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How can an applet read files on the local file system (and circumvent other security restrictions) ?

As a security precaution, applets run in a sandbox inside a browser, which restricts what it is allowed to do. For example, they can't access the local file system, can only make network connections back to the host from which they were served, and they can't read some of the system properties that a Java application can read.

Signing an applet

The way to allow an applet to do all those things is to digitally sign it. In effect the signer says "This applet is safe to use, and if you trust me, you can trust this applet, because through my signature you can be assured that it has not been tampered with since I signed it." The user will then be asked if she wants to trust the signer (usually in a little dialog box), and if she does, the applet can proceed with full privileges. If the trust is denied, the applet continues to run inside the sandbox with limited privileges.

The decision of whether to trust an applet should be made very judiciously, because a trusted applet has the same privileges a locally started application would have: It can read and delete files, and transmit data over the network.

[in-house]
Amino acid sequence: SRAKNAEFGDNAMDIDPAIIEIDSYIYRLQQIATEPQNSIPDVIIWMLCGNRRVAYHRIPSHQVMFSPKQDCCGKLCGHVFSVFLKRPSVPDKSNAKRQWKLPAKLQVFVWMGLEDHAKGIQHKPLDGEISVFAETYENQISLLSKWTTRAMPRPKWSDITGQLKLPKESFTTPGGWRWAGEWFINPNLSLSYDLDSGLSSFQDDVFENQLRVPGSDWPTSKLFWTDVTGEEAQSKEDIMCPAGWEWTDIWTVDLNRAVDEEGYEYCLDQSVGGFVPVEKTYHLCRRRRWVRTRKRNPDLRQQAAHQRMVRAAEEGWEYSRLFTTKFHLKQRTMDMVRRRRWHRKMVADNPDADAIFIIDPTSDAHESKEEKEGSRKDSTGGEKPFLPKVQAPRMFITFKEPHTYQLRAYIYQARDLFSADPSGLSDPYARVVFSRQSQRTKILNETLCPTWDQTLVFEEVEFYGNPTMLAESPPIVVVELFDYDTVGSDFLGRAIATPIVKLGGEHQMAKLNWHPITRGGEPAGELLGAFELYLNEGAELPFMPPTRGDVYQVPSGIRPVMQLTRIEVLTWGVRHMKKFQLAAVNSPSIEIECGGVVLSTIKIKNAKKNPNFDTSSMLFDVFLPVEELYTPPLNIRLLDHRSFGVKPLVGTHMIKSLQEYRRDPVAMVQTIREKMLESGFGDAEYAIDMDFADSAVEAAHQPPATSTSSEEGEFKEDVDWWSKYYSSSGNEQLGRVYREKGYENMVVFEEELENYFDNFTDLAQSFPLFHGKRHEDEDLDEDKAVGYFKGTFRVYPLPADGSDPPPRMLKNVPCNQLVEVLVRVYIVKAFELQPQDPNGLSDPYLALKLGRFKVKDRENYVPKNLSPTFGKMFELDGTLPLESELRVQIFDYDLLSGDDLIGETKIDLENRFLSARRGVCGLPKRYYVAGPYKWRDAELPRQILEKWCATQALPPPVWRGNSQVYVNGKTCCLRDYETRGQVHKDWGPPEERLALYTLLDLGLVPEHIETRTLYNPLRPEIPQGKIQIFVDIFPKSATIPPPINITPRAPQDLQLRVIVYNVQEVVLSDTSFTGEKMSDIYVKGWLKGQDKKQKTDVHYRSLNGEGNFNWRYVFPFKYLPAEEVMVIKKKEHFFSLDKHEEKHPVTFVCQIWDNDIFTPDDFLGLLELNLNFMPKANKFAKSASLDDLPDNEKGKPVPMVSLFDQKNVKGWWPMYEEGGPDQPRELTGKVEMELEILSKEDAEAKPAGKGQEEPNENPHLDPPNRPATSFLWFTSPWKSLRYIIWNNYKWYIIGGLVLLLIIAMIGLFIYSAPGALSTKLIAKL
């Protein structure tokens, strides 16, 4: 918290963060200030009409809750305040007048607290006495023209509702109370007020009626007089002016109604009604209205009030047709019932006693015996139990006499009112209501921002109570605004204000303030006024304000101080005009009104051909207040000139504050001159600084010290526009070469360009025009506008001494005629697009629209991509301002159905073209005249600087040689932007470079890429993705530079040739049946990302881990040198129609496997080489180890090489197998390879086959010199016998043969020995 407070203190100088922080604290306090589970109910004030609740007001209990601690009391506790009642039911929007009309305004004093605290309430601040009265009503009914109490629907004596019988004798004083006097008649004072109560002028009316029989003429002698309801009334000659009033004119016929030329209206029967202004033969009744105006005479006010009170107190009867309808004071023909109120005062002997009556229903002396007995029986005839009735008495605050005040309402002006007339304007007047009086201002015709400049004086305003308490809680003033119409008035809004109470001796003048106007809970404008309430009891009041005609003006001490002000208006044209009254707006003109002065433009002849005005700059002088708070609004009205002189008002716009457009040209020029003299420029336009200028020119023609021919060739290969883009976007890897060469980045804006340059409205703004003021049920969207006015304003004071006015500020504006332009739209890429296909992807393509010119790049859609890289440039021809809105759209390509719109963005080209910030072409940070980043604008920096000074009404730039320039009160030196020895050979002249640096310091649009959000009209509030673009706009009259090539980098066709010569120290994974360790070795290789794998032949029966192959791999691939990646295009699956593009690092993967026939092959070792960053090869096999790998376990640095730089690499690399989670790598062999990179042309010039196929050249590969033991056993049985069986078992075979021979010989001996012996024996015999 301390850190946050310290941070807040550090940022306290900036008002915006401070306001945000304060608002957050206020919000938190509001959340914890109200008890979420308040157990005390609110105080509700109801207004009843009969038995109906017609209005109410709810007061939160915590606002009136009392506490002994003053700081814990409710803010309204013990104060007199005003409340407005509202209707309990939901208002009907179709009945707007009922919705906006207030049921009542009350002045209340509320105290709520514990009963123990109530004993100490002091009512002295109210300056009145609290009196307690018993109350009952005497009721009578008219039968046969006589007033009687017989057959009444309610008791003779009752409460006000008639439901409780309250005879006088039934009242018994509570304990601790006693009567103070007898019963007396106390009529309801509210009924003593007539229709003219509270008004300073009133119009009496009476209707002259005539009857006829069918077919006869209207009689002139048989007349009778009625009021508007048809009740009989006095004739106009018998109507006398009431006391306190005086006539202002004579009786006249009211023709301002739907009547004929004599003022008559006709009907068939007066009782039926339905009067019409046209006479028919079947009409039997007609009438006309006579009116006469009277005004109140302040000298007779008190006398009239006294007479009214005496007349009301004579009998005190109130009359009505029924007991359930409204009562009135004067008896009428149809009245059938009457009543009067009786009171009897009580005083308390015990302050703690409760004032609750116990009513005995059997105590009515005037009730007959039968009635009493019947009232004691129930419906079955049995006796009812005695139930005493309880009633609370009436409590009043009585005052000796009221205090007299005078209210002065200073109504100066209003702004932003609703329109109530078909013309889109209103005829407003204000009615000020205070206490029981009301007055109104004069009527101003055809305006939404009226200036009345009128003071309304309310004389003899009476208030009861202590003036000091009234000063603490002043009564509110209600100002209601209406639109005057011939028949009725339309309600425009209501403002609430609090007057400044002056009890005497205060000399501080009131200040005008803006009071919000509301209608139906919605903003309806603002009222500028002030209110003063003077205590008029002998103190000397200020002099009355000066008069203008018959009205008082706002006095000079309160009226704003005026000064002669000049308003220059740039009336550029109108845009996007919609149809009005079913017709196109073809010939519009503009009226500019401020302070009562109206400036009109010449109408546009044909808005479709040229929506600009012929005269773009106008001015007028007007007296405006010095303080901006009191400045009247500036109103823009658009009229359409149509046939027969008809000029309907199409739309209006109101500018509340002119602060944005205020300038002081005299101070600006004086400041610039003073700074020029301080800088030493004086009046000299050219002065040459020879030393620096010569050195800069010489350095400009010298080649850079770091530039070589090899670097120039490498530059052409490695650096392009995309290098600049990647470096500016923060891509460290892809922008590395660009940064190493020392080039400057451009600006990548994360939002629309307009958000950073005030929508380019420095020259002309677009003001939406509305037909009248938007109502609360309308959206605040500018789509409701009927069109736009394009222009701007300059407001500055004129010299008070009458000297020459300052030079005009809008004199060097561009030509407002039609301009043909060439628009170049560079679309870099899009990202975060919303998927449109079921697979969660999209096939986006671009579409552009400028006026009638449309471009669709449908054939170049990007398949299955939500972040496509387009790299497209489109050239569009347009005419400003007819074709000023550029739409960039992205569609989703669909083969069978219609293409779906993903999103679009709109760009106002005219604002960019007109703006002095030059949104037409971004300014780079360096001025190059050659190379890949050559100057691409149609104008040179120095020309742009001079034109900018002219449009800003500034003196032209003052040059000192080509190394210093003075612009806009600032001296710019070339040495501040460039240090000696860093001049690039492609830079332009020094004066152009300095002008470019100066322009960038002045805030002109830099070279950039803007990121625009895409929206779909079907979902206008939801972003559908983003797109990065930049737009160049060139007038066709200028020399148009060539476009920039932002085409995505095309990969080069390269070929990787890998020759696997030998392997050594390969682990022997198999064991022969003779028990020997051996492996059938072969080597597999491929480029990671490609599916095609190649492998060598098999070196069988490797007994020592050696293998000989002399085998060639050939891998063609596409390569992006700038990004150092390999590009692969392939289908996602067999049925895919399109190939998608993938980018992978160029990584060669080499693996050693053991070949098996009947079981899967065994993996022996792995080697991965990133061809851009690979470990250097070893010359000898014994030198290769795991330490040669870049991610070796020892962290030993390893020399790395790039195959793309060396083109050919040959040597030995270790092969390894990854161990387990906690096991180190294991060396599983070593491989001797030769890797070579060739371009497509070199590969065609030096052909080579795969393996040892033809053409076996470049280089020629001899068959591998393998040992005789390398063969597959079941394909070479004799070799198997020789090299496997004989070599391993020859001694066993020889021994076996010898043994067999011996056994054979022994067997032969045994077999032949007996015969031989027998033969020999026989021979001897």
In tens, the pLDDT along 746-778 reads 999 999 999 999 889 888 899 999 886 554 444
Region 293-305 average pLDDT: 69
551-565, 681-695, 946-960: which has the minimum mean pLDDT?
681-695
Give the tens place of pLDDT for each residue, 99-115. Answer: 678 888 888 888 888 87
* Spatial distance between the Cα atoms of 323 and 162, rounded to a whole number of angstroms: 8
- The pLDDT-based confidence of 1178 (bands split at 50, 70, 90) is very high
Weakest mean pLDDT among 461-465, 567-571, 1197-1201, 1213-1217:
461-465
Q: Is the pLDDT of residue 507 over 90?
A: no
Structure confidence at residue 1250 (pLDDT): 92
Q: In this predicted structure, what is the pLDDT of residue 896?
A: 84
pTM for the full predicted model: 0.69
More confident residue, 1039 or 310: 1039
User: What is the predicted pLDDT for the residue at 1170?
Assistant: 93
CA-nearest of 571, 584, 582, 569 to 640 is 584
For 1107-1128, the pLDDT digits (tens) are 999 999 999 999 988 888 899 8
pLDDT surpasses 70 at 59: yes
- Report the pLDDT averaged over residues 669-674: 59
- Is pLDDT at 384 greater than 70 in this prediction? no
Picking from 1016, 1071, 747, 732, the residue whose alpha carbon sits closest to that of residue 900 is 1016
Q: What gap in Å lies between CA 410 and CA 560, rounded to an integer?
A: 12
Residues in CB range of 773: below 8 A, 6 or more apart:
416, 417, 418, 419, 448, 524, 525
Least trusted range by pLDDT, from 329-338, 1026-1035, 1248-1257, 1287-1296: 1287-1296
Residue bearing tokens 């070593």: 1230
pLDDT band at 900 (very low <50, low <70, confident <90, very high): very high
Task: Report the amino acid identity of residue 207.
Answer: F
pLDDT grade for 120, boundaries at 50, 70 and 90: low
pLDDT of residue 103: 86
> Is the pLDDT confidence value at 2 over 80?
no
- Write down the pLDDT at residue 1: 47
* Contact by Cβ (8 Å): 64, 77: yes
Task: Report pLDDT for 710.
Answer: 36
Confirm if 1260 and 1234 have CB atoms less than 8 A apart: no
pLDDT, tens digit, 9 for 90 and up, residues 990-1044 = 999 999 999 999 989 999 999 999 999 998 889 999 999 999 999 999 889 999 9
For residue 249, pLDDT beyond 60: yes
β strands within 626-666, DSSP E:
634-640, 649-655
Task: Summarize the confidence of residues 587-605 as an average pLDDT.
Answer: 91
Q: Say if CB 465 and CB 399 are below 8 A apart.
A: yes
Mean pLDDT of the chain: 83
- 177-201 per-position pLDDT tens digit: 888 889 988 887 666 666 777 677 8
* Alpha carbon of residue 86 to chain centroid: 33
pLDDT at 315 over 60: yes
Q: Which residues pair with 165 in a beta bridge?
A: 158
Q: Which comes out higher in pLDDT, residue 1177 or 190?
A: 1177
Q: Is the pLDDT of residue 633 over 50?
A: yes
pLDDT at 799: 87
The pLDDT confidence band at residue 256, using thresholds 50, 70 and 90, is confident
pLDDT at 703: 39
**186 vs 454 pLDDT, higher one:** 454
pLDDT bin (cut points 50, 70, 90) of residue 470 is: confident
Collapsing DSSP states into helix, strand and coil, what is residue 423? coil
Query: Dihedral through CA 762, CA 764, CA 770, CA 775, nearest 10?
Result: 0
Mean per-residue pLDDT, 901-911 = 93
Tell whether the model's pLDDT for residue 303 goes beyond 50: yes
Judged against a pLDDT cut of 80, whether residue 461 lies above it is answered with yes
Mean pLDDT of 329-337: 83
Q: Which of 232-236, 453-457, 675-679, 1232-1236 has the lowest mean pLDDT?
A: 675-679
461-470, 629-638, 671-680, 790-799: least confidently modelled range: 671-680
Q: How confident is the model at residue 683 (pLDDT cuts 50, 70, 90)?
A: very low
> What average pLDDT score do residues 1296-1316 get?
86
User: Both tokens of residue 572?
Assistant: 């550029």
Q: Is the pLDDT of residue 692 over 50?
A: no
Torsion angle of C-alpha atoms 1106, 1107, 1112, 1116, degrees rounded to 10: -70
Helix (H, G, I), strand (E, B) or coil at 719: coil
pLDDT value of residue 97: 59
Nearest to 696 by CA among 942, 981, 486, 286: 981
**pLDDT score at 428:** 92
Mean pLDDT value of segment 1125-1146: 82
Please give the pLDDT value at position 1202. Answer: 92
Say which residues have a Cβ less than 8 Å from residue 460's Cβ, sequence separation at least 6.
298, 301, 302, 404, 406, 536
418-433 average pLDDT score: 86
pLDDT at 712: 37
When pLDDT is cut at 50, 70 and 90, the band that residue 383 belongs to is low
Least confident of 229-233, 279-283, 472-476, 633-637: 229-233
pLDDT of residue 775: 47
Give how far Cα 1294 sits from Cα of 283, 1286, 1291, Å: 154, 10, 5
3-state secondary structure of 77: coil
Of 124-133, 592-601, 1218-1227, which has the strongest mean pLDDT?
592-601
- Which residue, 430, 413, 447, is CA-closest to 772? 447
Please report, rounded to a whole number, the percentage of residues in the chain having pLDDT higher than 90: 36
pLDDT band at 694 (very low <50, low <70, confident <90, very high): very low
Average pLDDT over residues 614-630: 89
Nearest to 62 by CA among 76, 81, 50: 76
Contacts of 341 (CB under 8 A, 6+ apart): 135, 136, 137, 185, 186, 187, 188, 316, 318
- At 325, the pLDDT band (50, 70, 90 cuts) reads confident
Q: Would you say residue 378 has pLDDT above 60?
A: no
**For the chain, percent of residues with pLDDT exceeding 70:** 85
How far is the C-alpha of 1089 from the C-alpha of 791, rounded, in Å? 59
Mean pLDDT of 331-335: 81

A more thorough explanation of the applet security model can be found here. It includes a full list of applet restrictions.

For an introduction to applet signing and links to more information read this and especially this.

If, even after signing the applet, you still get a SecurityException, try running the code as privileged code:

Policy files

An alternative way to grant an applet additional capabilities is the use of policy files, about which Sun has an introductory article, and another one here specifically for applets.
Using policies it is possible to control in a more fine-grained way which privileges to grant an applet.
For example, it becomes possible to grant applets access to the local file system, but not any of the other capabilities they are usually denied.

The drawback to using policy files is that they reside on the local file system, so users must make changes to a file that is normally out of their sight, and the contents of which are not trivial to understand.

The following example shows how to revoke most applet restrictions. Any of the permissions can be made more specific, for example FilePermission can be given for only selected files, and with just read-only access. The javadocs for each Permission class explain in detail what's possible. It is good practice to use the most restricted setting possible. RuntimePermission in particular can be used to create ClassLoaders and SecurityManagers, which can circumvent even more applet restrictions.


  • JavaDoc:java.awt.AWTPermission
  • JavaDoc:java.lang.RuntimePermission
  • JavaDoc:java.util.PropertyPermission

  • AppletsFaq SecurityFaq
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